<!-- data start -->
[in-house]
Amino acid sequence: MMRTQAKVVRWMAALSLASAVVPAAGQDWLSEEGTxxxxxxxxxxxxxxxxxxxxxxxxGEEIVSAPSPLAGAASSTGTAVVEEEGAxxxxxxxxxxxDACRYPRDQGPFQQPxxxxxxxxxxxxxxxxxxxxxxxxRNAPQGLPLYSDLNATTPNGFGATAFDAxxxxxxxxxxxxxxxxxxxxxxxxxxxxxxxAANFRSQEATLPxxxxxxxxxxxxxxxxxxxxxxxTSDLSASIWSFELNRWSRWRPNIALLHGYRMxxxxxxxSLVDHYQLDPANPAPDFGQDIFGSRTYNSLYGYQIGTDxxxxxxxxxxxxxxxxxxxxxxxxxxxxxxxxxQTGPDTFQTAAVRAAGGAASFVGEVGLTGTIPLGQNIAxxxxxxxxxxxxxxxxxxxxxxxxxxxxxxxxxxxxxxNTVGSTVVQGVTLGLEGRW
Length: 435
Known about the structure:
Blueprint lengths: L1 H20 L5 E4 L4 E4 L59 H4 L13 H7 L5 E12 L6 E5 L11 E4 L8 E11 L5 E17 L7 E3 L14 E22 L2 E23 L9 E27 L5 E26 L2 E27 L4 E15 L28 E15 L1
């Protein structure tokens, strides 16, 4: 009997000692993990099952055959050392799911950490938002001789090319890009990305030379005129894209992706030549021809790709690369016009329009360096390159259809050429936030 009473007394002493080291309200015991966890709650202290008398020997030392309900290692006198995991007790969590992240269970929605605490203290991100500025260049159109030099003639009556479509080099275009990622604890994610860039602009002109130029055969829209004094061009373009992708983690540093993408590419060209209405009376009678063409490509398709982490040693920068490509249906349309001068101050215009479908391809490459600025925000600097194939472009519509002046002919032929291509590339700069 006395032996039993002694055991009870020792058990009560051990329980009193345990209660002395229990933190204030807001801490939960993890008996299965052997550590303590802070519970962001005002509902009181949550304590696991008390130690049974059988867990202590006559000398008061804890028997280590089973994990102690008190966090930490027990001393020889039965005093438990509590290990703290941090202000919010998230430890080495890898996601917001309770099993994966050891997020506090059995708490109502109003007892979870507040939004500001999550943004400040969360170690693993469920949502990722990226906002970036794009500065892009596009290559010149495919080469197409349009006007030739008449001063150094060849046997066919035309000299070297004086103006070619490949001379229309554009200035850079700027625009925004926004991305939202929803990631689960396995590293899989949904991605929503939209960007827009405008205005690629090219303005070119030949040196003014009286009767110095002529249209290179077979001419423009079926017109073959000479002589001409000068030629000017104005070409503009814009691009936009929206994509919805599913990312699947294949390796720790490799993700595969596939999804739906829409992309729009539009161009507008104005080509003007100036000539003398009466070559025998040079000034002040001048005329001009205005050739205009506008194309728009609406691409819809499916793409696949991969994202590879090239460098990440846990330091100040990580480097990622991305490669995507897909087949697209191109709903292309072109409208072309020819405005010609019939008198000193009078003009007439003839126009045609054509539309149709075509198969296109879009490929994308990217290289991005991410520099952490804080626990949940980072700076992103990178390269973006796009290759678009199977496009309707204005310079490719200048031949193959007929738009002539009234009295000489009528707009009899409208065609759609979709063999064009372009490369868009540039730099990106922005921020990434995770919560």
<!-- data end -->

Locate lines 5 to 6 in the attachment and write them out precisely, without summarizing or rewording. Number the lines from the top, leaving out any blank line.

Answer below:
Blueprint lengths: L1 H20 L5 E4 L4 E4 L59 H4 L13 H7 L5 E12 L6 E5 L11 E4 L8 E11 L5 E17 L7 E3 L14 E22 L2 E23 L9 E27 L5 E26 L2 E27 L4 E15 L28 E15 L1
């Protein structure tokens, strides 16, 4: 009997000692993990099952055959050392799911950490938002001789090319890009990305030379005129894209992706030549021809790709690369016009329009360096390159259809050429936030 009473007394002493080291309200015991966890709650202290008398020997030392309900290692006198995991007790969590992240269970929605605490203290991100500025260049159109030099003639009556479509080099275009990622604890994610860039602009002109130029055969829209004094061009373009992708983690540093993408590419060209209405009376009678063409490509398709982490040693920068490509249906349309001068101050215009479908391809490459600025925000600097194939472009519509002046002919032929291509590339700069 006395032996039993002694055991009870020792058990009560051990329980009193345990209660002395229990933190204030807001801490939960993890008996299965052997550590303590802070519970962001005002509902009181949550304590696991008390130690049974059988867990202590006559000398008061804890028997280590089973994990102690008190966090930490027990001393020889039965005093438990509590290990703290941090202000919010998230430890080495890898996601917001309770099993994966050891997020506090059995708490109502109003007892979870507040939004500001999550943004400040969360170690693993469920949502990722990226906002970036794009500065892009596009290559010149495919080469197409349009006007030739008449001063150094060849046997066919035309000299070297004086103006070619490949001379229309554009200035850079700027625009925004926004991305939202929803990631689960396995590293899989949904991605929503939209960007827009405008205005690629090219303005070119030949040196003014009286009767110095002529249209290179077979001419423009079926017109073959000479002589001409000068030629000017104005070409503009814009691009936009929206994509919805599913990312699947294949390796720790490799993700595969596939999804739906829409992309729009539009161009507008104005080509003007100036000539003398009466070559025998040079000034002040001048005329001009205005050739205009506008194309728009609406691409819809499916793409696949991969994202590879090239460098990440846990330091100040990580480097990622991305490669995507897909087949697209191109709903292309072109409208072309020819405005010609019939008198000193009078003009007439003839126009045609054509539309149709075509198969296109879009490929994308990217290289991005991410520099952490804080626990949940980072700076992103990178390269973006796009290759678009199977496009309707204005310079490719200048031949193959007929738009002539009234009295000489009528707009009899409208065609759609979709063999064009372009490369868009540039730099990106922005921020990434995770919560």